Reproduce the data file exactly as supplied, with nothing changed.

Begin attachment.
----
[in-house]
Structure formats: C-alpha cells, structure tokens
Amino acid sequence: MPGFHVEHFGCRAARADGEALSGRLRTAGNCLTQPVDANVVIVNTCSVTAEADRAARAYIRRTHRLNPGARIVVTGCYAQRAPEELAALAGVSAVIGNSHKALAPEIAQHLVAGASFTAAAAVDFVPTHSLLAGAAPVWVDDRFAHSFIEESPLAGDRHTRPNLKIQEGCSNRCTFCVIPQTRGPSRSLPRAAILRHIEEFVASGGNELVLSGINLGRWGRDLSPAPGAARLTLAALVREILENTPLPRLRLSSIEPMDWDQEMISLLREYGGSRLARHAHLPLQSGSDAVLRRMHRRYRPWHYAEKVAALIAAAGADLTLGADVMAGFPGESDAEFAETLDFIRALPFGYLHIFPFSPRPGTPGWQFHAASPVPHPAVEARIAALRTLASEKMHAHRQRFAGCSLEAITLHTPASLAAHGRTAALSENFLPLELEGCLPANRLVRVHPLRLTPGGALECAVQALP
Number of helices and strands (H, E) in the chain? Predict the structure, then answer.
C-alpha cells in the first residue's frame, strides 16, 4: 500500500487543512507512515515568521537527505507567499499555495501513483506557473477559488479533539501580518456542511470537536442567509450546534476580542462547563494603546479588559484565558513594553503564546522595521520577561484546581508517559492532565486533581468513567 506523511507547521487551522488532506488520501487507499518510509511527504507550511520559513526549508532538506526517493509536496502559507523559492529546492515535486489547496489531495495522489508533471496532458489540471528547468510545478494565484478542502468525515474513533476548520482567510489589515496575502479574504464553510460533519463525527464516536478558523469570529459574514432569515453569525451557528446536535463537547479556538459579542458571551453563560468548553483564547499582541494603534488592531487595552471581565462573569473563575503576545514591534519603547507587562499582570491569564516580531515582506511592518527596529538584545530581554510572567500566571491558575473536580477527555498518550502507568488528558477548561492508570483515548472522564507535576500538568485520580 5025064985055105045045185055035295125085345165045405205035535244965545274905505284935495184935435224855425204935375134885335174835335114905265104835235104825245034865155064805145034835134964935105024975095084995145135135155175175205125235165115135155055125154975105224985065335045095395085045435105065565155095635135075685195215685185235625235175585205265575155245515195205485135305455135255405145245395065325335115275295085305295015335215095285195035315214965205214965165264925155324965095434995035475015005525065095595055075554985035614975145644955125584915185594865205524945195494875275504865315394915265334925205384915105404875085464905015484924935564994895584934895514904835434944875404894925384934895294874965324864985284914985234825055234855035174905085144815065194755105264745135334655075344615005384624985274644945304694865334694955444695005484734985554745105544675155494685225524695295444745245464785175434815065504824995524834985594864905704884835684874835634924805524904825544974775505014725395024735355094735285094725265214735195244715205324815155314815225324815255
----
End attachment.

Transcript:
[in-house]
Structure formats: C-alpha cells, structure tokens
Amino acid sequence: MPGFHVEHFGCRAARADGEALSGRLRTAGNCLTQPVDANVVIVNTCSVTAEADRAARAYIRRTHRLNPGARIVVTGCYAQRAPEELAALAGVSAVIGNSHKALAPEIAQHLVAGASFTAAAAVDFVPTHSLLAGAAPVWVDDRFAHSFIEESPLAGDRHTRPNLKIQEGCSNRCTFCVIPQTRGPSRSLPRAAILRHIEEFVASGGNELVLSGINLGRWGRDLSPAPGAARLTLAALVREILENTPLPRLRLSSIEPMDWDQEMISLLREYGGSRLARHAHLPLQSGSDAVLRRMHRRYRPWHYAEKVAALIAAAGADLTLGADVMAGFPGESDAEFAETLDFIRALPFGYLHIFPFSPRPGTPGWQFHAASPVPHPAVEARIAALRTLASEKMHAHRQRFAGCSLEAITLHTPASLAAHGRTAALSENFLPLELEGCLPANRLVRVHPLRLTPGGALECAVQALP
Number of helices and strands (H, E) in the chain? Predict the structure, then answer.
C-alpha cells in the first residue's frame, strides 16, 4: 500500500487543512507512515515568521537527505507567499499555495501513483506557473477559488479533539501580518456542511470537536442567509450546534476580542462547563494603546479588559484565558513594553503564546522595521520577561484546581508517559492532565486533581468513567 506523511507547521487551522488532506488520501487507499518510509511527504507550511520559513526549508532538506526517493509536496502559507523559492529546492515535486489547496489531495495522489508533471496532458489540471528547468510545478494565484478542502468525515474513533476548520482567510489589515496575502479574504464553510460533519463525527464516536478558523469570529459574514432569515453569525451557528446536535463537547479556538459579542458571551453563560468548553483564547499582541494603534488592531487595552471581565462573569473563575503576545514591534519603547507587562499582570491569564516580531515582506511592518527596529538584545530581554510572567500566571491558575473536580477527555498518550502507568488528558477548561492508570483515548472522564507535576500538568485520580 5025064985055105045045185055035295125085345165045405205035535244965545274905505284935495184935435224855425204935375134885335174835335114905265104835235104825245034865155064805145034835134964935105024975095084995145135135155175175205125235165115135155055125154975105224985065335045095395085045435105065565155095635135075685195215685185235625235175585205265575155245515195205485135305455135255405145245395065325335115275295085305295015335215095285195035315214965205214965165264925155324965095434995035475015005525065095595055075554985035614975145644955125584915185594865205524945195494875275504865315394915265334925205384915105404875085464905015484924935564994895584934895514904835434944875404894925384934895294874965324864985284914985234825055234855035174905085144815065194755105264745135334655075344615005384624985274644945304694865334694955444695005484734985554745105544675155494685225524695295444745245464785175434815065504824995524834985594864905704884835684874835634924805524904825544974775505014725395024735355094735285094725265214735195244715205324815155314815225324815255